"..it is plausible that an initial ineffective trigger may begin a cycle in which both attributional and cognitive factors fuel avoidant behaviour. The initial symptoms, in particular fatigue and myalgia, engender a state of "learned helplessness" being potent, aversive and uncontrollable, and may also trigger or exacerbate the mood disorder that is found in many patients. Continuing attribution of all symptoms to a persistent, untreatable "virus", continues to increase helplessness, although preserves self esteem. Avoidant behavior, which is reinforced by the advice currently offered to patients, sustains symptoms, by decreasing activity tolerance and increasing sensitivity to any stimulation, as does associated mood disorder. Reexposure to activity causes more symptoms, and more fear. The result is a vicious circle of symptoms, avoidance, fatigue, demoralisations and depression..". BUTLER S, CHALDER T, RON M, WESSELY S. Cognitive behaviour therapy in chronic fatigue syndrome. J Neurol Neurosurg Psychiatry 1991;54:153-158.


    "Blaming symptoms on a viral infection conveys certain advantages, irrespective of its validity,..It is also beneficial to self-esteem by protecting the individual from guilt and blame...the victim of a germ infection is therefore blameless" Simon Wessely, Sue Butler, Trudie Chalder and Anthony David, in Post-viral Fatigue Syndrome ed. Jenkins and Mowbray, 1991.

    They think that if we don't want to admit to, and deal with, our psychological issues we will probably not get better. This is why they sometimes say that if patients have a strong belief that their condition is physical they are less likely to get better.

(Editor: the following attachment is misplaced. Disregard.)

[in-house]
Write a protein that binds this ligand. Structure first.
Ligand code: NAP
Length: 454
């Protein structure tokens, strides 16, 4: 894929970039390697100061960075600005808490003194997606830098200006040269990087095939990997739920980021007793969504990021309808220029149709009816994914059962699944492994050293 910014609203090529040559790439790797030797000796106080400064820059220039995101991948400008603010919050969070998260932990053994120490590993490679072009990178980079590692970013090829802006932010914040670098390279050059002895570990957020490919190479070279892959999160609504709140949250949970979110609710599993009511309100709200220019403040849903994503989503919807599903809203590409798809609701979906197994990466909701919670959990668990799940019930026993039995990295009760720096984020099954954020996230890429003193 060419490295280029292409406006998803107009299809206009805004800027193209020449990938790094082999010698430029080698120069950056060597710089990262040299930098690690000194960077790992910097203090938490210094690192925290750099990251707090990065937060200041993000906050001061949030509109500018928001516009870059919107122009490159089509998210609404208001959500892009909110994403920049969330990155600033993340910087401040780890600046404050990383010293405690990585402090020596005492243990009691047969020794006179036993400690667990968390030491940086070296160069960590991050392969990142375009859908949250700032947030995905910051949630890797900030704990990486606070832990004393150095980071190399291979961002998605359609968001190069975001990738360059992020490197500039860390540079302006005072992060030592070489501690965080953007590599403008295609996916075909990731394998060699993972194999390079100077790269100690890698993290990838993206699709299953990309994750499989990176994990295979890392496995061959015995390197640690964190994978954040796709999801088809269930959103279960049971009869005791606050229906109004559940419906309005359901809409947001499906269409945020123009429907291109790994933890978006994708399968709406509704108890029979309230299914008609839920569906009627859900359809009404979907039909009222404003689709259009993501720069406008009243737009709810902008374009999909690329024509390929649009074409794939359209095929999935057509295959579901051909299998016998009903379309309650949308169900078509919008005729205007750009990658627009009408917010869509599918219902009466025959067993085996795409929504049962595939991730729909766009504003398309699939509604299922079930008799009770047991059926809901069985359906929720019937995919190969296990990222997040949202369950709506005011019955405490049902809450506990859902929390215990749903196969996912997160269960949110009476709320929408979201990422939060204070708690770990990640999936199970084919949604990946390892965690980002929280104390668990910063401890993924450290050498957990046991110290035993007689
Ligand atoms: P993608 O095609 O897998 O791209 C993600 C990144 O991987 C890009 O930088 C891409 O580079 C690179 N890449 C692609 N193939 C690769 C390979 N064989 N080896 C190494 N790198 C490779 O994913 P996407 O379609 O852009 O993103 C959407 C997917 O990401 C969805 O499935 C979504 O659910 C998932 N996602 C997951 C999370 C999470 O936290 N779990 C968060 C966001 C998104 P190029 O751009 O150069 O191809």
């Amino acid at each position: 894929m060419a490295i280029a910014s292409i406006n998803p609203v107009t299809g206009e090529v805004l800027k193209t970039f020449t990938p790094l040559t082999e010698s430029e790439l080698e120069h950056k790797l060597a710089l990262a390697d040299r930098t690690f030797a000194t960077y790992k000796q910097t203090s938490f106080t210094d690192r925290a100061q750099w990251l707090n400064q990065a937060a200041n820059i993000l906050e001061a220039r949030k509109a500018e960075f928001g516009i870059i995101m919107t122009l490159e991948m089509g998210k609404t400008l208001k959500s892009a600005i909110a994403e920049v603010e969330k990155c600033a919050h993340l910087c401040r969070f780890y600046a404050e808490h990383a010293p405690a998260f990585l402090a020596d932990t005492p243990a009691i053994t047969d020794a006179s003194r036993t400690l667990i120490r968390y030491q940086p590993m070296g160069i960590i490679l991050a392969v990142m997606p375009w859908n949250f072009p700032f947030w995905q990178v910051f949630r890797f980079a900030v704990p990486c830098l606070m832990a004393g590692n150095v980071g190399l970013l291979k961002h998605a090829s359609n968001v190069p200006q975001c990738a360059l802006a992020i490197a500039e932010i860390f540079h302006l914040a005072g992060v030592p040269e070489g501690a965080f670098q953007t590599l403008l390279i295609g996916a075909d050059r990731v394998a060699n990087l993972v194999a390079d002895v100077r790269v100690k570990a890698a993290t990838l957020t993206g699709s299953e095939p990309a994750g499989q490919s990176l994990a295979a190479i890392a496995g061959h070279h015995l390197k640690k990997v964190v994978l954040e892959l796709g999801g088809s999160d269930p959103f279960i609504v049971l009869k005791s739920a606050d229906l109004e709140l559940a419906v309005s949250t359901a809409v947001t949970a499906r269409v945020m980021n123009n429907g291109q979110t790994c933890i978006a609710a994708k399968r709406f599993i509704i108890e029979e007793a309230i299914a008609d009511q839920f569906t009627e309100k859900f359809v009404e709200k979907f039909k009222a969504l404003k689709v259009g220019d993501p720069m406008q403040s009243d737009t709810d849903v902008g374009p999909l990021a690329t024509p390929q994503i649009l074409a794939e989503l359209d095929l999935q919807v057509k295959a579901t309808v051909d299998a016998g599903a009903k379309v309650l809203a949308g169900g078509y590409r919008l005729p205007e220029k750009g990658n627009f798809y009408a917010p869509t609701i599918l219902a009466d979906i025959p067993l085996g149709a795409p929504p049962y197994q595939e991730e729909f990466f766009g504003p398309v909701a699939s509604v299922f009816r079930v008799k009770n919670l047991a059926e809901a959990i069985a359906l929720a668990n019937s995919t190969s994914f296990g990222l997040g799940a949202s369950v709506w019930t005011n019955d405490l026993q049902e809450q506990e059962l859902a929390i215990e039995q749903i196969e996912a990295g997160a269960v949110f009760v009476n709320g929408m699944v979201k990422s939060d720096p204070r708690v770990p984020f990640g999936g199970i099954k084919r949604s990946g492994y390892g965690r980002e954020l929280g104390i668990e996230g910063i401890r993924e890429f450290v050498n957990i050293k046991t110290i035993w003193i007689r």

“the interpretation of symptoms predominantly in terms of physical illness, and not in terms of emotional states, plays a particularly important role in the maintenance of the disorder” Interpretation of symptoms in chronic fatigue syndrome Dendy C Cooper M Sharpe M, Behaviour Research and Therapy 2001:39(11):1369-1380

    This, along with trying to get us to stop phobically/abnormally avoiding activity, is the reason people with the psychiatric view of ME advocate a psychological therapy, Cognitive Behavioural Therapy. The CBT is to challenge our "abnormal illness beliefs and behaviours" and try to get us to deal with our issues/emotions more productively.
  10. Esther12

    Esther12 Senior Member

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    I think it's possible that for some people with CFS, there could be some sort of neurological problem which alters their responses to bodily signals. An internalised alternative to PTSD.

    I have no problem with the psychiatrists exploring and testing ideas like this. Maybe they'll find somthing useful.

    The big problem I have is this sort of attitude: